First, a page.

'Latinos' is out, 'Latinx' is in at UC San Diego in nod to evolving gender and sexuality terms
UC San Diego has begun using new words to refer to Latinos and Chicanos in a move that reflects the profound change that’s occurring nationally in the way many people define their gender and sexuality.
The gender-specific terms Latino and Chicano are being selectively replaced with Latinx and Chicanx to promote acceptance of virtually anyone who falls under the headings.
The change is being promoted by students, social justice activists and the LGBTQ community, which are trying to get people to look beyond conventional notions of gender, sex and appearance.
As broadly used, Latino refers to people of Latin American origin or descent.
Latinx includes men and women of Latin American descent, people who are not exclusively male or female, people who don’t think of themselves as a man or a woman, and people who don’t act or dress in ways that are common to people of their gender.
The same basic definition applies to Chicanx, with the exception of heritage. Chicanos are Americans of Mexican descent.
“This is about making the university more inclusive,” said Becky Pettit, UC San Diego’s vice chancellor of equity, diversity and inclusion. “We’re meeting students where they are.”
The university also is trying to more broadly appeal to Latinos, an area where it has lagged behind some University of California campuses.
The new word changes, made this week, mean that the school will use Latinx and Chicanx in a lot of its official communications, such as news releases and publicity. The words also might end up being used in the naming of certain campus events.
Schools like Grossmont and MiraCosta colleges already use those terms in their publicity. So does UC Irvine. The University of San Diego holds a Chicanx/Latinx graduation.
But deeper change is being sought. And it involves two words — Latinx and Chicanx — that are not widely used by the general public, partly because there’s confusion about what the words mean and how they are pronounced.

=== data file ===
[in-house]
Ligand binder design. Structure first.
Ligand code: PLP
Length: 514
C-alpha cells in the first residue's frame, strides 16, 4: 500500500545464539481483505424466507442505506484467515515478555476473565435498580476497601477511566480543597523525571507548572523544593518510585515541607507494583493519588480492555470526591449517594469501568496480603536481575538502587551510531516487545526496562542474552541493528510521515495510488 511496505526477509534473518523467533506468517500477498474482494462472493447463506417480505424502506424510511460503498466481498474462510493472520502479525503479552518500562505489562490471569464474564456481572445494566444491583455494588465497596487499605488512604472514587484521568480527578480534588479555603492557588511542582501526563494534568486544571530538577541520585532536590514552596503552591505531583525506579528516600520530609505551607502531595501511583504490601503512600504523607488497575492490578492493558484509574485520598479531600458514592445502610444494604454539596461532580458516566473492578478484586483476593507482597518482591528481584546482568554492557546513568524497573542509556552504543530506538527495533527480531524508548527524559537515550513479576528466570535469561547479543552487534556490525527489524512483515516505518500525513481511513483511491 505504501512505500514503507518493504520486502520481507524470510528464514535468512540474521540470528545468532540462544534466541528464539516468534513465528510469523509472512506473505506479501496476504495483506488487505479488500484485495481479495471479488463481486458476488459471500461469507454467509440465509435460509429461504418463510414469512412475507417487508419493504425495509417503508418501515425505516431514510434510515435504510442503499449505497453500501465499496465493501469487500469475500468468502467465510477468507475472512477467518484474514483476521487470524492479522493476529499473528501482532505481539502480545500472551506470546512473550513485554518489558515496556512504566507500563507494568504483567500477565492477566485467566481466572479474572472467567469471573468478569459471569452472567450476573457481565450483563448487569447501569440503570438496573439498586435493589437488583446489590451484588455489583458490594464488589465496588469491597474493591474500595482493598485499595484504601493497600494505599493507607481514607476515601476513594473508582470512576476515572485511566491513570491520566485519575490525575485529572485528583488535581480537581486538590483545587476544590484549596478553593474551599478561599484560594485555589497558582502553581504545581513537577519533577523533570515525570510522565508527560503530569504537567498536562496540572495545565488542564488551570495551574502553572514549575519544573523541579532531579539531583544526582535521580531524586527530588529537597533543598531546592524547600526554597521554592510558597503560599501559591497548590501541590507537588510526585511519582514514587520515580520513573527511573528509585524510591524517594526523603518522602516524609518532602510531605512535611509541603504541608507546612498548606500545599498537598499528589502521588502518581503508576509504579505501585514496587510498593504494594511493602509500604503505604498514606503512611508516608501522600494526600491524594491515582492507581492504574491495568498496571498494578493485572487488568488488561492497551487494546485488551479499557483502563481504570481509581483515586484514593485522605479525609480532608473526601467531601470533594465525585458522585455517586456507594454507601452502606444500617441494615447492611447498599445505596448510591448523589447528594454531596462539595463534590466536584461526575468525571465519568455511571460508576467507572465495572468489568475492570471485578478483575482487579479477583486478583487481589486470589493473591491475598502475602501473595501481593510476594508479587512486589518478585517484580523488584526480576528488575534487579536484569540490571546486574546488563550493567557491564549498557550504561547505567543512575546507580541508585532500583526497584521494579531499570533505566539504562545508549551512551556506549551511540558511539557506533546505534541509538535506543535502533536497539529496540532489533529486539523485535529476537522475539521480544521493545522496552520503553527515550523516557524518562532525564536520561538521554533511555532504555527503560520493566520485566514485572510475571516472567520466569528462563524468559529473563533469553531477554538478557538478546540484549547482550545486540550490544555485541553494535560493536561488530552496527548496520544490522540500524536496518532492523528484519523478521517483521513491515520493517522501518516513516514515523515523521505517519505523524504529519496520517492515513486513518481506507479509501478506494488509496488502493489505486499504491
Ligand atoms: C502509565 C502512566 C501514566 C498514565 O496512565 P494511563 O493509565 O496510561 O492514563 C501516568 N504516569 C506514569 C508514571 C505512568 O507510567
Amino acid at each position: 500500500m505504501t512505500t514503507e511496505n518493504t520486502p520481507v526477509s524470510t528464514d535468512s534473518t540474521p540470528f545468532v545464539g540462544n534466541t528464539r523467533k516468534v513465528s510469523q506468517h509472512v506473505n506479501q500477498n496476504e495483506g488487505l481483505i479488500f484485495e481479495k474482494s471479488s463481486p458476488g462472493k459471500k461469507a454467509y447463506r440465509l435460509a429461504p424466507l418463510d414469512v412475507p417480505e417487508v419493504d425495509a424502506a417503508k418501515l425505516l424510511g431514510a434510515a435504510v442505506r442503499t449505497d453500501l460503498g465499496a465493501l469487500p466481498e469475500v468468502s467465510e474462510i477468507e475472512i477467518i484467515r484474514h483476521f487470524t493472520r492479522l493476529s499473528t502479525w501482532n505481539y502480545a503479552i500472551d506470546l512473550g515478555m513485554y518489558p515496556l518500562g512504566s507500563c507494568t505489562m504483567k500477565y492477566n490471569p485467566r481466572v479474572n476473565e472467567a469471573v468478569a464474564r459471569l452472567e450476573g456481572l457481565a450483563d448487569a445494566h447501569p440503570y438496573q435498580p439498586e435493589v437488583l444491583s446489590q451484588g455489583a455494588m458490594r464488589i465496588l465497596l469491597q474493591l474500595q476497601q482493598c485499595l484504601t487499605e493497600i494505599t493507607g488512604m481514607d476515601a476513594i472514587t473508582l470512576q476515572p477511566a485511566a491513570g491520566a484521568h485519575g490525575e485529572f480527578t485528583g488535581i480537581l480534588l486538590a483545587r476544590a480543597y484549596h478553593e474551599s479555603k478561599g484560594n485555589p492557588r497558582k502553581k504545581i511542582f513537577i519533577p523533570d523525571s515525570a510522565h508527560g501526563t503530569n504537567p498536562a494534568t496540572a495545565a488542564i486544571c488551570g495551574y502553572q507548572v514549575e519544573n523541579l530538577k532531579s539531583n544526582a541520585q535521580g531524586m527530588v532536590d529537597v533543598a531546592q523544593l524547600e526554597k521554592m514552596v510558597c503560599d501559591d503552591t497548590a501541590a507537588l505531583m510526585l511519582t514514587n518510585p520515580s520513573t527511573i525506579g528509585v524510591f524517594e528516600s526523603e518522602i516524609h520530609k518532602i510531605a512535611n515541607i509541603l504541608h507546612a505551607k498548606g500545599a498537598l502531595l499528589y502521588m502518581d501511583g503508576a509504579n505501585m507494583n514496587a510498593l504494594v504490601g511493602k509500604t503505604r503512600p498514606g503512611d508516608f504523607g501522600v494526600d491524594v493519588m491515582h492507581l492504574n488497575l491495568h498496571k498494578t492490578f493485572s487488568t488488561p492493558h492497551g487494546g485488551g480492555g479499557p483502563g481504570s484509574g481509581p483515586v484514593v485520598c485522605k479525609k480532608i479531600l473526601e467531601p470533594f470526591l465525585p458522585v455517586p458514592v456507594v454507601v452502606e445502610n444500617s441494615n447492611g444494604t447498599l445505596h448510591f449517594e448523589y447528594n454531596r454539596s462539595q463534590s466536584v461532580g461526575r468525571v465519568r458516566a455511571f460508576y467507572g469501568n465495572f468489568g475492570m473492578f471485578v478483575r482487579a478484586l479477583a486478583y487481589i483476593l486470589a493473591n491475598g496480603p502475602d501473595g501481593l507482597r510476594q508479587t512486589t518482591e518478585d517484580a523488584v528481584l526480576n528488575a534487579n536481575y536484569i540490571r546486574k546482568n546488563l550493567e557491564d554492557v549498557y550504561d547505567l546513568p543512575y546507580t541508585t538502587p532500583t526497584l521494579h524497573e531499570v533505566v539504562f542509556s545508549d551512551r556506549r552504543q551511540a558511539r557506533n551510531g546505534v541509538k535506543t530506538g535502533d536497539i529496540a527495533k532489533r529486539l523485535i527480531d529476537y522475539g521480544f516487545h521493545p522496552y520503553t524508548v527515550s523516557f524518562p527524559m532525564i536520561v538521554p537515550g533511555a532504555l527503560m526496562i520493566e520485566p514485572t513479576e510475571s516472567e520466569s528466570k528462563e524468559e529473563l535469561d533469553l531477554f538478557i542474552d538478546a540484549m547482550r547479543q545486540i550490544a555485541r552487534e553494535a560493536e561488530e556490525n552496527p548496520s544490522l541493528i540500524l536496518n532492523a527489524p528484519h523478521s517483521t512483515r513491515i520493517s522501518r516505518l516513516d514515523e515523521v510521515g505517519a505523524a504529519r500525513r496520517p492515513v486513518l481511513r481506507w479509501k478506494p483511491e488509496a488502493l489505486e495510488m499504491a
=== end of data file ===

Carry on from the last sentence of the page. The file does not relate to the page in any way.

People are especially perplexed by Latinx, which was reflected in a reader survey published this year by Remezcla, a media company.
The survey found that readers were almost evenly divided between pronouncing Latinx as latin-x and la-teen-x. A small percentage preferred lah-tinks. Still others have suggested referring to Latinos as Latin@, a gender-neutral term that hasn’t caught on.
Colleges and universities are often among the first places for new language to appear. That’s precisely what’s been happening over the last couple of years.
At UC San Diego, it is no longer uncommon for a person to announce their “personal pronouns” when they introduce themselves at a meeting.
For example, a person might say, “My pronouns are he/him/his” or “she/her/hers.” Or the person could ask to simply be referred to as “they” because their gender identity doesn’t neatly match that of a man or a woman.
The issue of gender identity also has surfaced in the way students apply for undergraduate admission to the University of California system.
Students can now choose from heterosexual/straight, bisexual, gay and lesbian to describe their sexuality.
Under gender, they can select gender nonconforming, genderqueer, transgender, trans man, trans male, trans woman or trans female.
Making a selection — which is voluntary — can be confusing. Some of the terms aren’t well known to the general public, and some have multiple meanings.
The UC says that genderqueer refers to “a person whose gender identity and/or gender expression falls outside of the dominant social norm of the assigned sex, is beyond genders, or is some combination.”
The new California Gender Recognition Act is likely to make all of these terms more familiar to a wider audience. The act, which begins to take effect Jan. 1, will make it easier for people who are transgender, nonbinary or intersex to obtain state-issued IDs that specify their gender.
“Terms and practices change over time,” said Dayo F. Gore, an ethnic studies professor at UC San Diego. “It doesn’t mean it is a zero-sum game. The important thing is how do we think about the changes. It gives us a chance to be open and speak.”
The San Diego Union-Tribune asked Pettit whether some people will view words such as Latinx as an act of political correctness, leading to blowback against the campus.
“I think the nature of higher education as institutions is to create spaces for resistance and for people to redefine themselves and for people to redefine the world that they want to live in,” Pettit said.
“I don’t mean to sound flippant, but that’s what universities exist for: to allow people to think freely, to allow people to redefine and shift culture.”